This caused concern among the passengers but there wasn’t anything we could do about it, not really. The Navy personnel aboard ship kept an eye on them but maintained our course. As time progressed the two Russian ships edged closer and closer. The scuttlebutt aboard ship was that our Navy was busy with a blockade around Cuba, maybe they were too busy to worry about us.
We were in International Waters, might makes right. The ship nearest to us kept sending us signals. Me and the boys with us that could read morse code thought that they wanted us to heave to. They removed the netting from their 5 inch guns. Our Captain refused, the closer they got to us, the more he would veer off course to the right to maintain a safe distance. He didn’t want us to be boarded and he had the feeling the Russians wanted to take us hostage.
Gary and I kept getting into trouble doing stupid things that spoiled brats do. For punishment we were told to help the cook in the galley. One of our chores was to dump the garbage overboard, off the fan tail. This gave us the opportunity to see the night sky and the ghostly silhouettes of what seemed to us to be two bullies that acted like they were spoiling for a fight. Intimidation, that’s what is was, intimidation. Ever hour they crept closer and closer until on the morning of the third day, they were only 500 yards off our bow.
After the morning lifeboat drills, the boys from my baseball team usually stood on the bow, tossing a baseball back and forth, non chalantly playing catch. On this morning there was a lot of jeering and hurling insults at the the Russian ships. God only knows if they could hear us. We lined up with our backs to the Russian ships and when one of the bigger boys hollered “GTMO Salute,” we all dropped our drawers, bending over we gave them a full moon shot salute. Then on the command “Ready Two,” we straightened up and fastened our pants.
I brought my school notebook with me, I wanted to make some drawings. After a few cartoons of making pictures showing Kruschev kissing an American bald eagle on the butt, I started making them into paper airplanes. I tossed a couple over the side in the direction of our Russian nemesis. This caused a stir amongst my buddies and soon we were all making drawings and airplanes. We were too far away for the planes to make it, we were hanging over the side watching silently as they fell one by one into the sea, then a loud cheer arose as one that seemed destined for the drink, took a new life and rose with the air currents to new heights, gaining altitude before it dipped sharply and succumbed to the depths, bringing at a loud groan from the onlookers.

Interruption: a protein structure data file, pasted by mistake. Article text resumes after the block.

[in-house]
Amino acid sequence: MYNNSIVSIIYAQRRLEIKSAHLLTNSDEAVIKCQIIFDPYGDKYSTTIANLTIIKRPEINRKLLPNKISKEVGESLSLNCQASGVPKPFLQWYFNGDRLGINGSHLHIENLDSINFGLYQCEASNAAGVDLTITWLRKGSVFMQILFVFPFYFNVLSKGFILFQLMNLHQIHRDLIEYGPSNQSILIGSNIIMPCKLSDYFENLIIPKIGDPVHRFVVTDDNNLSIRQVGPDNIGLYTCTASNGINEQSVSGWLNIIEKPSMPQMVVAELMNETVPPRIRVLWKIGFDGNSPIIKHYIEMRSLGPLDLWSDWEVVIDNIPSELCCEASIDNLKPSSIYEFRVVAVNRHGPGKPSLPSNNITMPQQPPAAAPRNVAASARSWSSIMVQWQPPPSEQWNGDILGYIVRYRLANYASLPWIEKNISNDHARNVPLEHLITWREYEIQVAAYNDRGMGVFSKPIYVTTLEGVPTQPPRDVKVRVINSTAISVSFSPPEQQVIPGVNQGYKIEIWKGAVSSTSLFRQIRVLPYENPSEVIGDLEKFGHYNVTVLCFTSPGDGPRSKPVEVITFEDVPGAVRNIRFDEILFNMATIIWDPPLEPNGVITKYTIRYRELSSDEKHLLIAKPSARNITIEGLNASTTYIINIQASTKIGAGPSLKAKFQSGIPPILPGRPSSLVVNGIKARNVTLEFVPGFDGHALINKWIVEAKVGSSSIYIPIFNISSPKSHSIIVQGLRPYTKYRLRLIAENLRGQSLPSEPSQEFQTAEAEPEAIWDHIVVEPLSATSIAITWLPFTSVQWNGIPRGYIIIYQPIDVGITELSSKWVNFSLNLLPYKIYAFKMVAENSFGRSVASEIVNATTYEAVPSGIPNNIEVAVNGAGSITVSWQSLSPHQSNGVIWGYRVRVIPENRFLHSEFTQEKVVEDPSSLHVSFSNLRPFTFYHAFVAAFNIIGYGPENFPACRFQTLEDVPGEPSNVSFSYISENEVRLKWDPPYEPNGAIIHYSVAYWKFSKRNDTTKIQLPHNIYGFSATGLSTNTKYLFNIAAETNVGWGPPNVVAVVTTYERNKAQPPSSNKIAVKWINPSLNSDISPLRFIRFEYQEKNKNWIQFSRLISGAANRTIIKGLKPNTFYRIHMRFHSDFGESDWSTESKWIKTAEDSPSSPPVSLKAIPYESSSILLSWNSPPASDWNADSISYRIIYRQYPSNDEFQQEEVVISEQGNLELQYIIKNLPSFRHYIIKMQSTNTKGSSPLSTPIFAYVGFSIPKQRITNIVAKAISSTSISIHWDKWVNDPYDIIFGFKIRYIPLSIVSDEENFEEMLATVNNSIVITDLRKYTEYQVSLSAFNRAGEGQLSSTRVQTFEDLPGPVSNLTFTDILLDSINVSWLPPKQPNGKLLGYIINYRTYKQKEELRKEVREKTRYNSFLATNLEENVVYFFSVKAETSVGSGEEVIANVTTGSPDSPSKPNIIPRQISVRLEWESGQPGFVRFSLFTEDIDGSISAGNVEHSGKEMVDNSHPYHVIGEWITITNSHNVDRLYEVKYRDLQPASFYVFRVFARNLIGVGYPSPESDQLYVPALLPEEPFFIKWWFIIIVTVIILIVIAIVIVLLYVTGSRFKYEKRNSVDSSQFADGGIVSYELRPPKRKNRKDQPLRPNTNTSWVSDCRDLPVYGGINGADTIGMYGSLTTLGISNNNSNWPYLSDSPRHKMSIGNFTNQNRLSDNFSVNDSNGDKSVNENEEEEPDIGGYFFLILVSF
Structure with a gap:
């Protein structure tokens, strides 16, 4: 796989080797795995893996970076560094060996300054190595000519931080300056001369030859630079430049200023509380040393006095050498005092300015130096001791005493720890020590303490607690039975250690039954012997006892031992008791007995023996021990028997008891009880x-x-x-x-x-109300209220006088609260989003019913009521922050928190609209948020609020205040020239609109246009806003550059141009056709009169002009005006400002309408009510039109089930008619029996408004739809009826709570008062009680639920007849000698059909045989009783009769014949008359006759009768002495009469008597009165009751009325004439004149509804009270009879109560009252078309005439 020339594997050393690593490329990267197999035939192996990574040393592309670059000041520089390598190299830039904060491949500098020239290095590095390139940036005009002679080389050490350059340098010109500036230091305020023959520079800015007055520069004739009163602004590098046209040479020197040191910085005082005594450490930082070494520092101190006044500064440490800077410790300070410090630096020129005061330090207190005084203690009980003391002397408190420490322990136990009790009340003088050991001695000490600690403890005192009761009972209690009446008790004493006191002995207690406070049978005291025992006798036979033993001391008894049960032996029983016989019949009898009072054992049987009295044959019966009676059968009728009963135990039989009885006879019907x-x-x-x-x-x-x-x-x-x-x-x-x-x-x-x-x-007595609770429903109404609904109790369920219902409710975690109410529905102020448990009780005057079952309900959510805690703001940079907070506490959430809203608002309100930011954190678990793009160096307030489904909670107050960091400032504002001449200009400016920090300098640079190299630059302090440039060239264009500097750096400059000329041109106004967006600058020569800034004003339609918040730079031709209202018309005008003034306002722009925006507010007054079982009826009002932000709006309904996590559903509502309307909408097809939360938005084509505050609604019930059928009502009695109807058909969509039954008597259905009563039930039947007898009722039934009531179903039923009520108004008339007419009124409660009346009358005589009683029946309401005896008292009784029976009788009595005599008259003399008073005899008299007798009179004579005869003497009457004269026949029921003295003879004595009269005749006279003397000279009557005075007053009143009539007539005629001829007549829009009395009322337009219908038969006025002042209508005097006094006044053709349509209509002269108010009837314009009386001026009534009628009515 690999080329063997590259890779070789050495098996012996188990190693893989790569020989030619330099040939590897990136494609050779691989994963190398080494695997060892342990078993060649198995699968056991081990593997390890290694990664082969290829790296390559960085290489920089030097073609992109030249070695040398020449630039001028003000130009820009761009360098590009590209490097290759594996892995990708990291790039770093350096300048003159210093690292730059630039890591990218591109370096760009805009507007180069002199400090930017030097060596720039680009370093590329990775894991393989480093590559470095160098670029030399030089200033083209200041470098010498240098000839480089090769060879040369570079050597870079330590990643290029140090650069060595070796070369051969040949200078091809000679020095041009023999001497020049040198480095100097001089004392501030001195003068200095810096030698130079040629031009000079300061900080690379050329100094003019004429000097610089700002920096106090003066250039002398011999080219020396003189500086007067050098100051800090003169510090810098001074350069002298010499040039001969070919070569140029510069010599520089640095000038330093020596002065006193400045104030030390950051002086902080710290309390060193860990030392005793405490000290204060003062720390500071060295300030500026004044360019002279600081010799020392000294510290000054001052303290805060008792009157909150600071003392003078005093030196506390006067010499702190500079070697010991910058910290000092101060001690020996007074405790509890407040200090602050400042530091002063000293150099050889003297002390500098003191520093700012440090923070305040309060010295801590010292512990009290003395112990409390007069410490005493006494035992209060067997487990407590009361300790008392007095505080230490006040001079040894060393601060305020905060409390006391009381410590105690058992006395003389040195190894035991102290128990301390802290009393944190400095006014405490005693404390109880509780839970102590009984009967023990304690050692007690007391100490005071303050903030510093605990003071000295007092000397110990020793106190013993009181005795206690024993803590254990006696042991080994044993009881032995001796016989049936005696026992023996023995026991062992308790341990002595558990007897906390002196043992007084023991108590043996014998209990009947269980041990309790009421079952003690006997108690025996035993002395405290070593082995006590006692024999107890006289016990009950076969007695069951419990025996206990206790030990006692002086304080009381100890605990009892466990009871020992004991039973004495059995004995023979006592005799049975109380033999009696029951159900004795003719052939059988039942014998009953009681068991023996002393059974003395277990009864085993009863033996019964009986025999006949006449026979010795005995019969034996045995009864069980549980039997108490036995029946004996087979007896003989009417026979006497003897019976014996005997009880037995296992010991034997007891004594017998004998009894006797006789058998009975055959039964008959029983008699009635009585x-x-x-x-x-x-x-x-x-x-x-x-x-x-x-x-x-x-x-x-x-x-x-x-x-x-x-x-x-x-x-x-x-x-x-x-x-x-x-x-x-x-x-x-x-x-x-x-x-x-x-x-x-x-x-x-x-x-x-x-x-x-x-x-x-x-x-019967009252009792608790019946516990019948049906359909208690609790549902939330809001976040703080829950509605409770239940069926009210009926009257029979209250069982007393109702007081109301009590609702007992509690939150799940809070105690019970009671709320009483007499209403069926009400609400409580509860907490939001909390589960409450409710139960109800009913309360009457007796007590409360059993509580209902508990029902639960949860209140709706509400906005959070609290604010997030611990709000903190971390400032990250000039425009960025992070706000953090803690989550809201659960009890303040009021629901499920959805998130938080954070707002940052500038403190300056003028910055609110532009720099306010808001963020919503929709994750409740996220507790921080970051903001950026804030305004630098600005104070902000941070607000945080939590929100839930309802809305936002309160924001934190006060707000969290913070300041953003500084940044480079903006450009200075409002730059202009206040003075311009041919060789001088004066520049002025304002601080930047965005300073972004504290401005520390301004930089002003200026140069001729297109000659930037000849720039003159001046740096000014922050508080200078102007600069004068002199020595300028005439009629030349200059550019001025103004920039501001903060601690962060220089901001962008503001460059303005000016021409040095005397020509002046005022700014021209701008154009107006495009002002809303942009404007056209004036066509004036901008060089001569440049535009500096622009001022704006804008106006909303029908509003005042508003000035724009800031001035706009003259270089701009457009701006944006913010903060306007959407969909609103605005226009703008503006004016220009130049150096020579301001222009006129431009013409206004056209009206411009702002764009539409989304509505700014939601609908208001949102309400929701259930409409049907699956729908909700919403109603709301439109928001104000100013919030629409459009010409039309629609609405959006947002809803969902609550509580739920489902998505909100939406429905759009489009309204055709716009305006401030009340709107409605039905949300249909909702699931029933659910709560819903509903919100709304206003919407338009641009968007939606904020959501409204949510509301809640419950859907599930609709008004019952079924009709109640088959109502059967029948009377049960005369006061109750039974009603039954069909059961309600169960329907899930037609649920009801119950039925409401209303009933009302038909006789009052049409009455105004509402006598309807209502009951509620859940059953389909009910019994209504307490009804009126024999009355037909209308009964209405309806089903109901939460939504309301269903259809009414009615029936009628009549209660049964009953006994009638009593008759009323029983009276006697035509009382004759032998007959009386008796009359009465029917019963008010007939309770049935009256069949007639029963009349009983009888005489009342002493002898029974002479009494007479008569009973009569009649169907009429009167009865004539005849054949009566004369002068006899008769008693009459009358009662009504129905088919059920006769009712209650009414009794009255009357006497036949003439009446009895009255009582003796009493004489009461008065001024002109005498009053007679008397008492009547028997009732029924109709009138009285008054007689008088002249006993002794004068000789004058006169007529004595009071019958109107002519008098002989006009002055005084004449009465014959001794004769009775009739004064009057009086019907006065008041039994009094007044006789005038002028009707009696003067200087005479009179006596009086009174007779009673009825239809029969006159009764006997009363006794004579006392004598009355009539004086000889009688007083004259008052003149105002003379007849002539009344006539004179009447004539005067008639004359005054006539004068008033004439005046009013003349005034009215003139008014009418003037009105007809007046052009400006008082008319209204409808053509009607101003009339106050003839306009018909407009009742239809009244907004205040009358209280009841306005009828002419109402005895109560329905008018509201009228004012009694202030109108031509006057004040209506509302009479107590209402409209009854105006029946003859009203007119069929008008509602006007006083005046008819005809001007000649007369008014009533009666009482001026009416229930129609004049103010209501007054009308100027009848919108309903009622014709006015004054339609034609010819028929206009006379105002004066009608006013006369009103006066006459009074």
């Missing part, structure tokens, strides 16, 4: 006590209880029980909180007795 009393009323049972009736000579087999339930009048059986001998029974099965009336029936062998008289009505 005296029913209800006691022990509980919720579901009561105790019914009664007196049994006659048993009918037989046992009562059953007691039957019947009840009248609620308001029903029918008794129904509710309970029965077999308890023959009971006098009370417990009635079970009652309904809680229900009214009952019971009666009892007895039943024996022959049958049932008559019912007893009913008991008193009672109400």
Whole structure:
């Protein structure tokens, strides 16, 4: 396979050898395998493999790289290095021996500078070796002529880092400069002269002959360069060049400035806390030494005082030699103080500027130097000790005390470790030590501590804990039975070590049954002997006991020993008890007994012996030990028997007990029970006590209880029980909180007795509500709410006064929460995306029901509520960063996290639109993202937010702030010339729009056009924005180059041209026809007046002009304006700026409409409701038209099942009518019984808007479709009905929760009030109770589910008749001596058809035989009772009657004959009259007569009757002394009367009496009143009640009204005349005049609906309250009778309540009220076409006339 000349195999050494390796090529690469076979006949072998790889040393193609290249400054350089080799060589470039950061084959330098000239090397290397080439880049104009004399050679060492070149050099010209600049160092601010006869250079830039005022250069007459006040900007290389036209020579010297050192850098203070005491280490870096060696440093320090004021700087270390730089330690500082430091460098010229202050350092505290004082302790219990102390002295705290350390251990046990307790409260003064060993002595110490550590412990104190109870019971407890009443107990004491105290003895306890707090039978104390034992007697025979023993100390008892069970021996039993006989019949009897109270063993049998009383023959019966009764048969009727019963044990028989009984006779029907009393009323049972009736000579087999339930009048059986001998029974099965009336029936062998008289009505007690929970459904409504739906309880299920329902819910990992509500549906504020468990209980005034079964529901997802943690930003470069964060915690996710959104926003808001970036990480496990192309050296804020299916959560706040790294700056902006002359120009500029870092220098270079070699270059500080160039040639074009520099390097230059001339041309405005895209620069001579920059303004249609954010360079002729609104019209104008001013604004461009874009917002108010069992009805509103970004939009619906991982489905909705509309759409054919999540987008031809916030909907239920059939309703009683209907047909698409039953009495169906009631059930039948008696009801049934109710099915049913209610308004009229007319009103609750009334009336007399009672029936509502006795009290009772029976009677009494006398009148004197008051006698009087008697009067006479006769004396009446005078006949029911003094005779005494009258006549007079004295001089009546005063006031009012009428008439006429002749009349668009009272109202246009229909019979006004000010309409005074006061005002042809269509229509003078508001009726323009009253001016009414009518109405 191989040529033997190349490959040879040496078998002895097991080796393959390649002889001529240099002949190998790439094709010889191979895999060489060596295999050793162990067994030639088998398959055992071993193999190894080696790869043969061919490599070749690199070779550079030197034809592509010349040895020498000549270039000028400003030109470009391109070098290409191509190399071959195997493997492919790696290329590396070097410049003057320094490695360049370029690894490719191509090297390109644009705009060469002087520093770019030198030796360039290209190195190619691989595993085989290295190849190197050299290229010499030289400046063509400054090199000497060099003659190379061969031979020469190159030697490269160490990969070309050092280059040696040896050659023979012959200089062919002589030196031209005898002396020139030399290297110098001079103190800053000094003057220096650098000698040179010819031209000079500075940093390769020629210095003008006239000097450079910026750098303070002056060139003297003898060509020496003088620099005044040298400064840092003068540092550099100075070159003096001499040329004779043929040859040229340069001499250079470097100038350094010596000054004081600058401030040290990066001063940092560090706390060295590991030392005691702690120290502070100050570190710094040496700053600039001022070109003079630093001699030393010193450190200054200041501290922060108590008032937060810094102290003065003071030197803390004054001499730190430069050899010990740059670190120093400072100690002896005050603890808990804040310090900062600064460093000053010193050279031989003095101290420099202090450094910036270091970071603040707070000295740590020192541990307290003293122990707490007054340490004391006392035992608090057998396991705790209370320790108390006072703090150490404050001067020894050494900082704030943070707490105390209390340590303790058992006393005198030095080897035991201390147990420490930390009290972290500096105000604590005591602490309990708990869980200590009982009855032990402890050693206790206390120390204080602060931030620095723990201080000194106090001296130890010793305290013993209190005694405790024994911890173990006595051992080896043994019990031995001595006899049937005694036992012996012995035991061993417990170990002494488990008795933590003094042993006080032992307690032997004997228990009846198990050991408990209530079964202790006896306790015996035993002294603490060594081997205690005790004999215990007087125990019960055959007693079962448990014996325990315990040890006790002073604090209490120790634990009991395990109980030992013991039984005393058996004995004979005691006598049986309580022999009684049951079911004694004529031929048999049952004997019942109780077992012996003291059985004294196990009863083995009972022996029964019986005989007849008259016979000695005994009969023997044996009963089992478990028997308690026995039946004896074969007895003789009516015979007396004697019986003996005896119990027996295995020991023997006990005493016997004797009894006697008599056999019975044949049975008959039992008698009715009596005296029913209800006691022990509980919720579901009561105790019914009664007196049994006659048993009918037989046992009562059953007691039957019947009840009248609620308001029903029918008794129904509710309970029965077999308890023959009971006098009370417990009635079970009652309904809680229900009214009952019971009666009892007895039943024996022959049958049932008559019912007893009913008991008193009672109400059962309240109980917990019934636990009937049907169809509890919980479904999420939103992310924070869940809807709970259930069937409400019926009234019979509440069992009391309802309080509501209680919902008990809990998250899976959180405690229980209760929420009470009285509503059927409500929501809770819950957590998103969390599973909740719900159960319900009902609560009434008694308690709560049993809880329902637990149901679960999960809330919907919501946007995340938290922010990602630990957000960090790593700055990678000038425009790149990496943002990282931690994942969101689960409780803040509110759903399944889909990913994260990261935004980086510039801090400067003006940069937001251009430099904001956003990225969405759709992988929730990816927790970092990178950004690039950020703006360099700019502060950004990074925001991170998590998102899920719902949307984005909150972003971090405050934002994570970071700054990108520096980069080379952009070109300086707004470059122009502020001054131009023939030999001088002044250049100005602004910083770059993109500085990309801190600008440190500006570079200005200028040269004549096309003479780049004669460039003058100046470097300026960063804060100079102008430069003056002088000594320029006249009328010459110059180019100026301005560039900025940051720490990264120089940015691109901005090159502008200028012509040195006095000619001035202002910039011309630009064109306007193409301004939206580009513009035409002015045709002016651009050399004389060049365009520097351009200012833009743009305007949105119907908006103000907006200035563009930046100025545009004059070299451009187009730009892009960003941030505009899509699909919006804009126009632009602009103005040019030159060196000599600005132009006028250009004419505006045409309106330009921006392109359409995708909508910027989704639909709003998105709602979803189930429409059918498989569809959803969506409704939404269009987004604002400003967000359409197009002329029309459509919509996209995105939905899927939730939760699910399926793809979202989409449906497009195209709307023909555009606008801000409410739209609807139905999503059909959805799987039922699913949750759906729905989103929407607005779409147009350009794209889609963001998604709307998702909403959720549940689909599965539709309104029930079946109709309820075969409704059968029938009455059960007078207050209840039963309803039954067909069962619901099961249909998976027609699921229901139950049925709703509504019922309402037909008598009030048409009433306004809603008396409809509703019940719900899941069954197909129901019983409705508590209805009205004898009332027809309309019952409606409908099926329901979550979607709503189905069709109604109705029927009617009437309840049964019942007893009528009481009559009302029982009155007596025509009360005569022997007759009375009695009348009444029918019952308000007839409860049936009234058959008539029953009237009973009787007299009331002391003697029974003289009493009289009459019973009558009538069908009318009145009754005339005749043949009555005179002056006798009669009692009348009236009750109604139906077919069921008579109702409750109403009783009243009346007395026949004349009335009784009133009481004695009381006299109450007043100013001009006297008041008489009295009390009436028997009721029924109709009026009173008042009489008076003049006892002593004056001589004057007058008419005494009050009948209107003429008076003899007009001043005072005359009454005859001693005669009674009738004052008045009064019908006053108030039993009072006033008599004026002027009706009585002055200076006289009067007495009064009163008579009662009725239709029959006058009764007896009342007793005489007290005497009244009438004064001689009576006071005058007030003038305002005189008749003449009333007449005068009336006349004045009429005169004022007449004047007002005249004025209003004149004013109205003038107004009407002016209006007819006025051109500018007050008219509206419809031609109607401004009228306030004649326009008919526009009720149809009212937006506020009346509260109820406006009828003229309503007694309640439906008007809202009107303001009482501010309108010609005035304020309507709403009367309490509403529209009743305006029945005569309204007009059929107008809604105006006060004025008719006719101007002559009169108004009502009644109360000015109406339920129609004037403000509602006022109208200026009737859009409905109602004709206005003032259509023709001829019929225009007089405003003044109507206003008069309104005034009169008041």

This groan however was soon replaced by a chorus of loud hurrays and everyone pointing to the rear of the ship. I looked and saw coming towards us, out of the fog a white American Coast Guard destroyer with the plugs removed from the mouth of it’s guns.
The Coast Guard ship edged it’s way between us and the two gray ships. They dipped their ensign as a salute, then seemed to slowly disappear in the fog. The day was saved. Hurray for the US Coast Guard, they had our back.
After what seemed forever, we finally docked at Newport News. The weather was a brisk 49 degrees. I hadn’t experienced this kind of weather since ’59 and I was wearing shorts, a tee shirt and a pair of flip flops.
I was the first dependent to walk down the gangway, Mom and my brothers were right behind me. A photogrpher from AP got a shot of us. The next day it was across the front page of most every newspaper in America.
There to greet us was the American Red Cross and a crowd of about a thousand people. The Navy Band played Stars and Stripes. A nice lady gave me a red sweatshirt parka and a cup of hot chocolate. Oh it was good to be home again.
I’ll never forget how good it felt to be an American that day, listening to the band playing Stars and Stripes as I walked down the gangway. I will be forever grateful to the Red Cross for the warm clothes and nobody, I mean nobody better ever say any thing bad in front of me about the US Coast Guard.